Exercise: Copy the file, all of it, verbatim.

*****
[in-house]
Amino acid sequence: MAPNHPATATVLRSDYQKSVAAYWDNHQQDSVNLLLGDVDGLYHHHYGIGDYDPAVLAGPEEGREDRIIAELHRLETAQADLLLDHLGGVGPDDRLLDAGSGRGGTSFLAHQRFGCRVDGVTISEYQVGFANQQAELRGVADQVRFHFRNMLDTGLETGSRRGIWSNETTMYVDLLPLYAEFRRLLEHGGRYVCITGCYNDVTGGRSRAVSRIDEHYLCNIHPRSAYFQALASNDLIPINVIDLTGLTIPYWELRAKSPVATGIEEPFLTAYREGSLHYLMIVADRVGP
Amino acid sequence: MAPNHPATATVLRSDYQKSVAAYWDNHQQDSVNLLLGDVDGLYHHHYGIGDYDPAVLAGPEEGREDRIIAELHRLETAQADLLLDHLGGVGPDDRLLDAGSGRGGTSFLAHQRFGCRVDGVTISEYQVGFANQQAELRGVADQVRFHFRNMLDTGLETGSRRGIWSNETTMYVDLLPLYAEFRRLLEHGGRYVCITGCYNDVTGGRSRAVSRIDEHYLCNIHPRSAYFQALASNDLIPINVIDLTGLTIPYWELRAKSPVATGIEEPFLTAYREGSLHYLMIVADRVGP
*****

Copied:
[in-house]
Amino acid sequence: MAPNHPATATVLRSDYQKSVAAYWDNHQQDSVNLLLGDVDGLYHHHYGIGDYDPAVLAGPEEGREDRIIAELHRLETAQADLLLDHLGGVGPDDRLLDAGSGRGGTSFLAHQRFGCRVDGVTISEYQVGFANQQAELRGVADQVRFHFRNMLDTGLETGSRRGIWSNETTMYVDLLPLYAEFRRLLEHGGRYVCITGCYNDVTGGRSRAVSRIDEHYLCNIHPRSAYFQALASNDLIPINVIDLTGLTIPYWELRAKSPVATGIEEPFLTAYREGSLHYLMIVADRVGP
Amino acid sequence: MAPNHPATATVLRSDYQKSVAAYWDNHQQDSVNLLLGDVDGLYHHHYGIGDYDPAVLAGPEEGREDRIIAELHRLETAQADLLLDHLGGVGPDDRLLDAGSGRGGTSFLAHQRFGCRVDGVTISEYQVGFANQQAELRGVADQVRFHFRNMLDTGLETGSRRGIWSNETTMYVDLLPLYAEFRRLLEHGGRYVCITGCYNDVTGGRSRAVSRIDEHYLCNIHPRSAYFQALASNDLIPINVIDLTGLTIPYWELRAKSPVATGIEEPFLTAYREGSLHYLMIVADRVGP